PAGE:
If this movie introduces American Christians to a popular refrain “God is good. All the time” from our African brothers and helps us all to realise that we are part of the global family of God and can learn from each other it will have done well.

There are so many reasons to go and watch this film. If you are a pastor, or know a pastor, you should consider showing your church the trailer for this film, and organising a trip to watch it in your local cinema.  You won’t be disappointed.



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  • Caramel Abdul Jizzbar

    I prefer Thor as a supreme being.

  • Kyle S.

    If atheist filmmakers made a film that depicted Christians with such shallowness and naivete as is on display in God’s Not Dead you’d be railing against it with all the verve of that dummy from the Guardian.

    Bill Maher’s Religulous was a poke in the eye to Christians, but I’m not going to pretend it was any good just because I share the filmmaker’s worldview.

  • Tim Gilleand

    Great review and promotion! I wish the film would have been a little more bolder on the Biblical authority issues, but I understand that was not the purpose. The movie did a great job representing militant atheism to me. People need to realize that the professor was not just an atheist, but an anti-theist – which Josh points out. Yes, he is not representative of the average atheist – but he is very real in our culture.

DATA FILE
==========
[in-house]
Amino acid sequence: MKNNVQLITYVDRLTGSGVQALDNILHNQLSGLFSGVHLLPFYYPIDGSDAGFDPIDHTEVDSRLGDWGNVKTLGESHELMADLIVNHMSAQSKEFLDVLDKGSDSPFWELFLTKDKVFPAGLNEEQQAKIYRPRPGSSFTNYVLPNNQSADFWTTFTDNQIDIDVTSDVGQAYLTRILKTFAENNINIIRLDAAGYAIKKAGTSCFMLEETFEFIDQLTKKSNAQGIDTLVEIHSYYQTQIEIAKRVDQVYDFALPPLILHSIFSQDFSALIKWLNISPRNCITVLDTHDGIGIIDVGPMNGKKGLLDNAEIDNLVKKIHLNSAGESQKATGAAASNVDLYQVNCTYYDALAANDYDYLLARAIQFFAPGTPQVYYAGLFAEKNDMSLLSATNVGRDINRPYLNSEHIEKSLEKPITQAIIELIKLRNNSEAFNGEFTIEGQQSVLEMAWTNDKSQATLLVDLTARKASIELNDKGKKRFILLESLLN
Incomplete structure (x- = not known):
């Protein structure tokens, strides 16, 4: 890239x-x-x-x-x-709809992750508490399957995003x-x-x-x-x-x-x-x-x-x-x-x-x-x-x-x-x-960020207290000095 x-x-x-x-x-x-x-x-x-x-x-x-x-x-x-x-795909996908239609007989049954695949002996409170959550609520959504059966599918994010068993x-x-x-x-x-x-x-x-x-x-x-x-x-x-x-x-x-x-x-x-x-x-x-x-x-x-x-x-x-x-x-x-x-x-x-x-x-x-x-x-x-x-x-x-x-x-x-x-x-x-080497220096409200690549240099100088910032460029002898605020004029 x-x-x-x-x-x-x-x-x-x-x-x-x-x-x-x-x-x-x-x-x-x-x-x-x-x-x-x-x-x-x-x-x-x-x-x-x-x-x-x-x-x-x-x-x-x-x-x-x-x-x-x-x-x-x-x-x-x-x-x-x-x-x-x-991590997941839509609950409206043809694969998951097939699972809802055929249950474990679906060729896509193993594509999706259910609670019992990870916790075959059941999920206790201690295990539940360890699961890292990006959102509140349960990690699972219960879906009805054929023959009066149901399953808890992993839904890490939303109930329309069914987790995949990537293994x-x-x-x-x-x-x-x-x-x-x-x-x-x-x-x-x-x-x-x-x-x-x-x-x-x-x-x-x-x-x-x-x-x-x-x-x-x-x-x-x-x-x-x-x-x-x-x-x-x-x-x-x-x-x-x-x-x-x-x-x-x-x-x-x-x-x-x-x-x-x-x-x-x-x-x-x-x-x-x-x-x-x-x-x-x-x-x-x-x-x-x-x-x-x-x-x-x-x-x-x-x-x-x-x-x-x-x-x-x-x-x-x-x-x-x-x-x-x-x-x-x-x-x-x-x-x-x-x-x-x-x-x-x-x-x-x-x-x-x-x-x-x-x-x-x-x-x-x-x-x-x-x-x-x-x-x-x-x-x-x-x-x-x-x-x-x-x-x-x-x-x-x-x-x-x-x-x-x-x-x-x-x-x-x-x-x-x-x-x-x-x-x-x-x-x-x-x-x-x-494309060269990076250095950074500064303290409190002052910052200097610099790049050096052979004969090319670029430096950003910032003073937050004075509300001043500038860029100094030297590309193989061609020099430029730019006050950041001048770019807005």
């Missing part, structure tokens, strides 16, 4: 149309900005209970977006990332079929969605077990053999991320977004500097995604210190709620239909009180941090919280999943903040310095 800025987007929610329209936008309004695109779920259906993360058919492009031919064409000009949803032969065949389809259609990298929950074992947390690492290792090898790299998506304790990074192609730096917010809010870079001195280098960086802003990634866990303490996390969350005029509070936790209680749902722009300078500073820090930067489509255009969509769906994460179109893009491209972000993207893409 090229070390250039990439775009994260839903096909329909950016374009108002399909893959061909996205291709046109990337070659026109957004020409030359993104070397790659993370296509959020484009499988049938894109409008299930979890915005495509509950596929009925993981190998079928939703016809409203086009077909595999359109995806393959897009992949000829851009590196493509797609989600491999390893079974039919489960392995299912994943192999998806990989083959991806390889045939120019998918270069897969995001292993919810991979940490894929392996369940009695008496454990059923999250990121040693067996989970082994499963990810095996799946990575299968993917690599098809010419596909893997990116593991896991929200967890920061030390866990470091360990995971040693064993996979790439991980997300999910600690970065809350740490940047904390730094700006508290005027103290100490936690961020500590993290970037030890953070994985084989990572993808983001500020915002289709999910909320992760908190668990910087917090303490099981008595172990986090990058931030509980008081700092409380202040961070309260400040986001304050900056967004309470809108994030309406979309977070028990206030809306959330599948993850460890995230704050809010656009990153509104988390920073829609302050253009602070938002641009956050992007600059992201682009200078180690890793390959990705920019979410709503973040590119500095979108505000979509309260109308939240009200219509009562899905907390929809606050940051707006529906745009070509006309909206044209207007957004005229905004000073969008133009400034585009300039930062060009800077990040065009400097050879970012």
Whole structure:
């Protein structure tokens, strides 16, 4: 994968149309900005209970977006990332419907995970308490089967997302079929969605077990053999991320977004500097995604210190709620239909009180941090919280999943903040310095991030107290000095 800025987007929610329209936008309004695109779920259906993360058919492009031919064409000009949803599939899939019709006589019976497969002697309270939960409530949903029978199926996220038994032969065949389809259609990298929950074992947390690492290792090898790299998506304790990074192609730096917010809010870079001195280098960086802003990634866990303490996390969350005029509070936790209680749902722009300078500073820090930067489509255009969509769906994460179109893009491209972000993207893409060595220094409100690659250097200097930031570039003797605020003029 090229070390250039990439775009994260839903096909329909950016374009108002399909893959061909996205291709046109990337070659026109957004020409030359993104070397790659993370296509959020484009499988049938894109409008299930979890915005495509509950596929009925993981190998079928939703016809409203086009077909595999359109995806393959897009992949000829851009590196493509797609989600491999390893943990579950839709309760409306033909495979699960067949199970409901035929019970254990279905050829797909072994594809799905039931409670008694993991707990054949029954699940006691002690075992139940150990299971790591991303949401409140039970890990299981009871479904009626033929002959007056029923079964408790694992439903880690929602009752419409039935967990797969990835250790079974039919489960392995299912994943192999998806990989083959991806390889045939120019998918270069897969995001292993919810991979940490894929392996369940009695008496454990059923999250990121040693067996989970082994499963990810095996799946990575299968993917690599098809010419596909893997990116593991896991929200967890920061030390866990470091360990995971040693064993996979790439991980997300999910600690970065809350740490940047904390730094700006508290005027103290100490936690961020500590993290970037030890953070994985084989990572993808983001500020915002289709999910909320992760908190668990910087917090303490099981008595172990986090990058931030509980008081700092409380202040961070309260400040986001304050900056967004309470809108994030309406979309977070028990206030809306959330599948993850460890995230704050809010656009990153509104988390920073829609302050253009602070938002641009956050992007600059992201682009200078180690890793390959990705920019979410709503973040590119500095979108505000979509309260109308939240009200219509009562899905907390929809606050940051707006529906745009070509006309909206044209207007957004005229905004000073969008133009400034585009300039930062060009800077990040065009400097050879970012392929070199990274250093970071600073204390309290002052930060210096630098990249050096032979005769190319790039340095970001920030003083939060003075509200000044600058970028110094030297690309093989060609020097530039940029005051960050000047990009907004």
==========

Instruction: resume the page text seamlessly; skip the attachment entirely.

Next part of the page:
• Meredith

    “The critics score is a lowly 13%, although 86% of the audience liked it.
    Many Christians have asked me why I think some secular film critics have responded in such a shrill way. To me the answer is simple: They hate us.”

    Critics have given this film overwhelmingly negative reviews because it’s poorly written and simplistic/lacking in any kind of nuance.

    This is like saying that a food critic who denies McDonald’s a Michelin star hates McDonald’s patrons. “Look at how popular McDonald’s is among us regular, everyday folk! Clearly, that hoity-toity food critic hates us.” No, he just knows quality food when he eats it.

    Also, that would be Stephen HawkinG, not “Hawkins.”

  • Sharon

    I thought it was a nice Christian rah-rah feel-good movie, but it wasn’t a great film. I agree with the other comment that said that Christians don’t like it when we are stereotyped, so why do we do it to others? It doesn’t make our message believable or convincing. Also there were parts of the plot that just felt contrived and simplistic, and other parts that just didn’t quite hang together.

    Why is it so difficult for Christians to make a really good, high quality film exploring how to interact with the culture around us, and do it with depth and realism?